Students were additionally queried regarding their perceptions of policing and law enforcement, showing a division of opinion. 54% of the student population respondents replied that the amount of policing is adequate to address crime in their neighborhood. When these results were analyzed by race, the African American cohort showed a near perfect 51% to 49% yes-to-no split of opinion. 80% of White students replied in the positive. When asked if afraid to approach the police, the numbers also reflected a near perfect split. The narrative data, however, reveals deeper issues. One student who responded “No” to being afraid to approach the police explained, “A few of my neighbors are police officers, and I have always been taught that police are there to help and keep you safe. I’m white so I’m not likely to get profiled by police”. Another respondent who replied “No” stated, “The only times I have been afraid of approaching the police are when I’m hyper sensitive of the racial tension in my neighborhood. I am white and have lived in my neighborhood since I was 3 and in recent years gentrification has caused a lot of tension and sometimes makes me afraid of going to the police”. An African American student who responded “Yes” stated, “The police in my neighborhood tend to be very hostile, especially in the warmer months when they increased police presence…. they treat residents like hostiles and criminals”. These narrative responses describe deeper issues adding to the complexity of the gun violence issue here in the District.

Image 1: Mikva Challenge Students hard at work brainstorming solutions to violence

An additional goal of this survey was to gauge knowledge with regards to action taken by DC government to tackle the epidemic of gun violence. Student knowledge of DC government efforts are poor; more than 70% of the students polled had never heard of any DC government specific programs placed to promote nonviolence. Of the 29% who responded “Yes” to hearing of one of the listed programs, the Office of Neighborhood Safety and Engagement was the most known entity with over 60% mentioning the ONSE. Overall, this reflects a gap between DC government public outreach efforts and public perception of local government efforts.

There are numerous preexisting community-lead initiatives and organizations working to stem the tide of gun violence here in the District. Groups such as Building Community Resilience, the TraRon Center, the Pathways program, and Cure the Streets (both through the Office of Neighborhood Safety and Engagement) work in tandem with the goal of abating gun violence in the district. The Mikva Challenge represents an especially powerful conduit for change as it empowers young across the city to engage and tackle issues that directly impact their lives. The youth of DC may be the demographic most impacted by gun violence; simply walking to school is too often unsafe for the children and minors who call DC home. The cost of gun violence in terms of friends and family lost and trauma sustained growing in this environment makes it become clear that this demographic stands to gain the most, and thus, is the most invested in seeing an elimination in gun violence. Working with The Mikva Challenge, these youth can channel their intention and vigor to change the world around them.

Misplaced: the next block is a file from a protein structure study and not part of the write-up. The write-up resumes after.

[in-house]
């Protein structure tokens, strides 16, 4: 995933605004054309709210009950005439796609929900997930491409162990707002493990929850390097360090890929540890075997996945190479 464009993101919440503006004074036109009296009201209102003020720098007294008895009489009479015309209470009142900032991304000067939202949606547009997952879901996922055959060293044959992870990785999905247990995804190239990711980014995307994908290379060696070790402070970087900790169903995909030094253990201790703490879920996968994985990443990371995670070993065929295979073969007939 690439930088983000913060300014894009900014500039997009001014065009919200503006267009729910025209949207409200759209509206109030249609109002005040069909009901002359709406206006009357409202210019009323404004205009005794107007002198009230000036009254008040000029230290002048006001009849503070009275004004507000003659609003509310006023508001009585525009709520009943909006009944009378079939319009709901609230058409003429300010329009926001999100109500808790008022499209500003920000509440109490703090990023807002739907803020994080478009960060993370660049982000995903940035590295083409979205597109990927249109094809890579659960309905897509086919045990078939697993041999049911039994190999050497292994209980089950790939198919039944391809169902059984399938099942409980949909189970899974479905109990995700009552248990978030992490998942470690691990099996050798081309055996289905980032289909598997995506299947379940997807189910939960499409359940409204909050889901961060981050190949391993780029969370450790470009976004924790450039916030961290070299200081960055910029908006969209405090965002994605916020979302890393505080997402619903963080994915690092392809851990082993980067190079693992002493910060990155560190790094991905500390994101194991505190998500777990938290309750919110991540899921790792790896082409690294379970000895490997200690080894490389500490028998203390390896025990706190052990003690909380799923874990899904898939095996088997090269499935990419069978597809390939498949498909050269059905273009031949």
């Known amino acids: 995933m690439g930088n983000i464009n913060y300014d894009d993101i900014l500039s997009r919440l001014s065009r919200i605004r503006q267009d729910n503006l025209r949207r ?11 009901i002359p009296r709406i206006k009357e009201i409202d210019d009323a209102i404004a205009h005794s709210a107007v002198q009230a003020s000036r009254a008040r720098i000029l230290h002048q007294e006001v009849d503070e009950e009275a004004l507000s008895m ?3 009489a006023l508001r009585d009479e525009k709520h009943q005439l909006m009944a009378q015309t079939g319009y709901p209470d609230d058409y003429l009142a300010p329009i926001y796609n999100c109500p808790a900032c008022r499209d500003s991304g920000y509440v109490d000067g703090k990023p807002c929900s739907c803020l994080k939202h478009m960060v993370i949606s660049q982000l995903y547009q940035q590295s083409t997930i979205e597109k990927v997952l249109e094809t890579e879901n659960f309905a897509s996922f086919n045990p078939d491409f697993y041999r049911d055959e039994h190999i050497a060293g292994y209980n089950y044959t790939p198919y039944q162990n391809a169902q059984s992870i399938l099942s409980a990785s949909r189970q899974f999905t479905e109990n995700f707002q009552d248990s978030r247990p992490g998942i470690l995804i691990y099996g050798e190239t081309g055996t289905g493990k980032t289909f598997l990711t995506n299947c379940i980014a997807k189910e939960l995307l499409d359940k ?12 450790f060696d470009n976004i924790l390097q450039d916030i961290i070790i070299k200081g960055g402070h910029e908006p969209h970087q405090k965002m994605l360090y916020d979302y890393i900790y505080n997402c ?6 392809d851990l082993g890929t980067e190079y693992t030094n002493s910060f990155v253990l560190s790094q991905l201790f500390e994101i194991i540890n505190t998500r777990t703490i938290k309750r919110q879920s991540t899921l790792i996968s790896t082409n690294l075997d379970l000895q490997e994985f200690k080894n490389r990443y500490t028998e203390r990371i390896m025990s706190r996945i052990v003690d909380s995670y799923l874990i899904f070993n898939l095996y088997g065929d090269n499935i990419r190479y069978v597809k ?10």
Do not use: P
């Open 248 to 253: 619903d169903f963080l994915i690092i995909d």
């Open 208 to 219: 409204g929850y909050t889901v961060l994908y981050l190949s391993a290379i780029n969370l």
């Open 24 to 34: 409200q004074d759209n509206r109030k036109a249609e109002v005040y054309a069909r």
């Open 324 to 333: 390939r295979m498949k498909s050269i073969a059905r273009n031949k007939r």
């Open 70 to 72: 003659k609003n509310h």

A Road Map to Safer Streets

The ultimate goal of this work was to aid in building a safer city for everyone, including these bright minded youth. The data demonstrate a bridgeable gap between DC government and its citizen stakeholders. Important results were discovered, even among the relatively small number of participants. Based on the data collected, the following items represent discrete actionable steps to moving towards this goal:

  • Increase and sustain police outreach to community groups to foster more trusting relationships
  • Targeted efforts to showcase DC resources (Office of Neighborhood Safety and Engagement’s Violence Intervention and Prevention, Pathways Program) in order to increase awareness of organizations working to end violence, possibly in form of Ad Campaign or Program showcases at community events.
  • Implementation of an expanded survey collected from a larger number of DC teenagers
  1. Data from the Metropolitan Police Department (MPD). https://mpdc.dc.gov/page/district-crime-data-glance
  2. King, C. I. (2019, August 23). Gun violence in D.C. is treated as a normal part of life. That needs to change. The Washington Post. Retrieved from https://www.washingtonpost.com/opinions/gun-violence-in-dc-is-treated-as-a-normal-part-of-life-that-needs-to-change/2019/08/23/ac30d87c-c4f5-11e9-b72f-b31dfaa77212_story.html
  3. Gunshots And Lockdowns: When Nearby Gun Violence Interrupts The School Day. Alana Wise-Luis Melgar – https://gunsandamerica.org/story/19/06/17/gunshots-and-lockdowns-when-nearby-gun-violence-interrupts-the-school-day/